Dublin, 17 November 2009 – Ireland has risen for a second year running on the Corruption Perceptions Index (CPI). The 2009 results were published today by Transparency International (TI).
Ireland’s score has risen from 7.7 to 8 out of 10 since last year, with a score close to 10 suggesting extremely low levels of corruption. Ireland is now ranked alongside Germany as the 14th least corrupt country in the world out of 180 countries surveyed. Last year Ireland lay in 16th place.
John Devitt Chief Executive of TI Ireland warned against using the index as a measure of the Irish Government's progress on reform.
"This year's result could be taken as a sign that the country is effectively dealing with economic crime and corruption. That perception is far from the truth", said Mr Devitt.
"Successive governments have dragged their feet on important reforms such as whistleblower protection, the registration of lobbyists and transparency in political finance. And while some commitments have been made to introduce changes in the programme for government, there is still no clear sign of a shift away from the culture of 'stroke politics' and the second-hand trade in influence", he added.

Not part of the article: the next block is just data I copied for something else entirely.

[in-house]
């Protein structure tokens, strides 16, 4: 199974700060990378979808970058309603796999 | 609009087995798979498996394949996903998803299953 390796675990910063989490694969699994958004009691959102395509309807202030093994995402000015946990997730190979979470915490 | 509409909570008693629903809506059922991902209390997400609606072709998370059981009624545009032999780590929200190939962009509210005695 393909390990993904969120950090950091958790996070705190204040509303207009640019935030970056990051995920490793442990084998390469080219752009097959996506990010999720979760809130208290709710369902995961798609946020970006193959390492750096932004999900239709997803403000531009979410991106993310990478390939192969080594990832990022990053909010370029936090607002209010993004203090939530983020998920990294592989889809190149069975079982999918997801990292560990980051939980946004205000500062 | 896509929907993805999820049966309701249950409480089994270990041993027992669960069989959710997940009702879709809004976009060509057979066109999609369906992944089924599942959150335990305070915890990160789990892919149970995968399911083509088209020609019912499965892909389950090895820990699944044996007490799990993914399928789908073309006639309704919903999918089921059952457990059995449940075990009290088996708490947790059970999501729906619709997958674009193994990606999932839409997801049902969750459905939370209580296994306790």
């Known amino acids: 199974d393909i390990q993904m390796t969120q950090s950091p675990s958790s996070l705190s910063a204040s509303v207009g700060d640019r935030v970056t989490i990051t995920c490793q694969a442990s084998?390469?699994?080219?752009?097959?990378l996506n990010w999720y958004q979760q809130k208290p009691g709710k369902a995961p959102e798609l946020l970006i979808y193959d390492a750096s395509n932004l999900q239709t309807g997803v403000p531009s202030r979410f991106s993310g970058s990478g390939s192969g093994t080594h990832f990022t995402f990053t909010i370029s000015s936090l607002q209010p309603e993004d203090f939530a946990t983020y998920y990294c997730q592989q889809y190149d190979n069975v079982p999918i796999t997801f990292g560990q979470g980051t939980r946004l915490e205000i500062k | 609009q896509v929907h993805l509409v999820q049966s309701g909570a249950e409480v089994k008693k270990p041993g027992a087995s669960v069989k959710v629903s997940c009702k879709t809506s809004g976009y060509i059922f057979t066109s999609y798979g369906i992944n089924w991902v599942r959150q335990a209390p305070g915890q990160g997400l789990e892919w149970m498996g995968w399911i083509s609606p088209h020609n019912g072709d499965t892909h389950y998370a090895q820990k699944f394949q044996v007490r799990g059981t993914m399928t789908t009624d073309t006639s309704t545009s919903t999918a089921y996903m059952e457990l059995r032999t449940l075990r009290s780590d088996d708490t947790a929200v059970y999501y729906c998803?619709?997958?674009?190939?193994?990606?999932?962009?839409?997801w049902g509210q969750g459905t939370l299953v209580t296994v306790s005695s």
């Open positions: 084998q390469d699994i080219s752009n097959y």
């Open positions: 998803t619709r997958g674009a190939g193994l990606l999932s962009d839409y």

Earlier this year, TI Ireland published its National Integrity Systems Country Study that highlighted the risk of "legal corruption" in Ireland. While cases of outright bribery and corruption are rare in Ireland, according to TI Ireland, numerous surveys and weak rules on conflicts of interest and lobbying, show a lack of trust in government's ability to govern independently of private interests.
"The banking crisis in particular shone a light on the dark corners of government and business relations in Ireland. The fact that our country will be crippled with debt for decades is a direct result of bad governance. 'Crony capitalism' did for Ireland what it did for Japan in the 1990s, yet there has been precious little discussion on how crony capitalism will be dealt with here," said Mr Devitt.
The Corruption Perceptions Index is published annually by Transparency International and measures international business and expert perceptions of levels of public sector corruption around the world. Six surveys conducted by think tanks including the World Economic Forum and the Economist Intelligence Unit were used in compiling Ireland's results.
TI Ireland has again called on the Government to introduce an overarching law protecting whistleblowers in both the private and public sector and to ratify the United Nations Convention against Corruption. TI Ireland is currently undertaking an EU Commission sponsored study on the protection of whistleblowers in Ireland.